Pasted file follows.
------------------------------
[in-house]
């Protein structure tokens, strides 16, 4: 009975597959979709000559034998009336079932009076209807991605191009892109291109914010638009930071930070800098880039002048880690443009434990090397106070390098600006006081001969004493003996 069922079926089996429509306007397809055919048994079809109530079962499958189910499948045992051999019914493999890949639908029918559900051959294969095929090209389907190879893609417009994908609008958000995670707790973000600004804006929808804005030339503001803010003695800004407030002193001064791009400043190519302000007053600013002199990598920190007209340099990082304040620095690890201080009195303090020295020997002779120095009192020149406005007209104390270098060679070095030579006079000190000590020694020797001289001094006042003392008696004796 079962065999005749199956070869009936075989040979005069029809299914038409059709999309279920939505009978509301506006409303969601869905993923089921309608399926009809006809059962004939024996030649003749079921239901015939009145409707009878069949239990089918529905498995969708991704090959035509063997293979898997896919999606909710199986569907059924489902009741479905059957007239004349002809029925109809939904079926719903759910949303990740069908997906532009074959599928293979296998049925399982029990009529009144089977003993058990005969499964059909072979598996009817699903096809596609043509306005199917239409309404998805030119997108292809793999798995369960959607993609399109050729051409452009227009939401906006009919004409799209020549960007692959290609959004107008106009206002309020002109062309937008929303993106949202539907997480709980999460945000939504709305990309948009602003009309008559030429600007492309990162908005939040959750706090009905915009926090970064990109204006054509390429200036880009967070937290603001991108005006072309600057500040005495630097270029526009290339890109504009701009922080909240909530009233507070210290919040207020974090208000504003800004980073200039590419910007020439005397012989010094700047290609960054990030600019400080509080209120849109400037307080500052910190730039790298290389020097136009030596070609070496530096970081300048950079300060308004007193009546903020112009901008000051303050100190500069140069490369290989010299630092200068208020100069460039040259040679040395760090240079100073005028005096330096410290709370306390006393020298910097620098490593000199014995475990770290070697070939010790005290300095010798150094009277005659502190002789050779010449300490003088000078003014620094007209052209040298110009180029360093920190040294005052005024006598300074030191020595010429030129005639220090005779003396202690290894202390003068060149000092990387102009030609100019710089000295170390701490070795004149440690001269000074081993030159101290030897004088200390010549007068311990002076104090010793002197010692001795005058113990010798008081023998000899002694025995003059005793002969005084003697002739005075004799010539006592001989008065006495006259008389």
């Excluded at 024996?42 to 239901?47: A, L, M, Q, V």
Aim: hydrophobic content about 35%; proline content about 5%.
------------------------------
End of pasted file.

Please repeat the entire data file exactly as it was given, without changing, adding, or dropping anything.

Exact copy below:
[in-house]
């Protein structure tokens, strides 16, 4: 009975597959979709000559034998009336079932009076209807991605191009892109291109914010638009930071930070800098880039002048880690443009434990090397106070390098600006006081001969004493003996 069922079926089996429509306007397809055919048994079809109530079962499958189910499948045992051999019914493999890949639908029918559900051959294969095929090209389907190879893609417009994908609008958000995670707790973000600004804006929808804005030339503001803010003695800004407030002193001064791009400043190519302000007053600013002199990598920190007209340099990082304040620095690890201080009195303090020295020997002779120095009192020149406005007209104390270098060679070095030579006079000190000590020694020797001289001094006042003392008696004796 079962065999005749199956070869009936075989040979005069029809299914038409059709999309279920939505009978509301506006409303969601869905993923089921309608399926009809006809059962004939024996030649003749079921239901015939009145409707009878069949239990089918529905498995969708991704090959035509063997293979898997896919999606909710199986569907059924489902009741479905059957007239004349002809029925109809939904079926719903759910949303990740069908997906532009074959599928293979296998049925399982029990009529009144089977003993058990005969499964059909072979598996009817699903096809596609043509306005199917239409309404998805030119997108292809793999798995369960959607993609399109050729051409452009227009939401906006009919004409799209020549960007692959290609959004107008106009206002309020002109062309937008929303993106949202539907997480709980999460945000939504709305990309948009602003009309008559030429600007492309990162908005939040959750706090009905915009926090970064990109204006054509390429200036880009967070937290603001991108005006072309600057500040005495630097270029526009290339890109504009701009922080909240909530009233507070210290919040207020974090208000504003800004980073200039590419910007020439005397012989010094700047290609960054990030600019400080509080209120849109400037307080500052910190730039790298290389020097136009030596070609070496530096970081300048950079300060308004007193009546903020112009901008000051303050100190500069140069490369290989010299630092200068208020100069460039040259040679040395760090240079100073005028005096330096410290709370306390006393020298910097620098490593000199014995475990770290070697070939010790005290300095010798150094009277005659502190002789050779010449300490003088000078003014620094007209052209040298110009180029360093920190040294005052005024006598300074030191020595010429030129005639220090005779003396202690290894202390003068060149000092990387102009030609100019710089000295170390701490070795004149440690001269000074081993030159101290030897004088200390010549007068311990002076104090010793002197010692001795005058113990010798008081023998000899002694025995003059005793002969005084003697002739005075004799010539006592001989008065006495006259008389």
């Excluded at 024996?42 to 239901?47: A, L, M, Q, V």
Aim: hydrophobic content about 35%; proline content about 5%.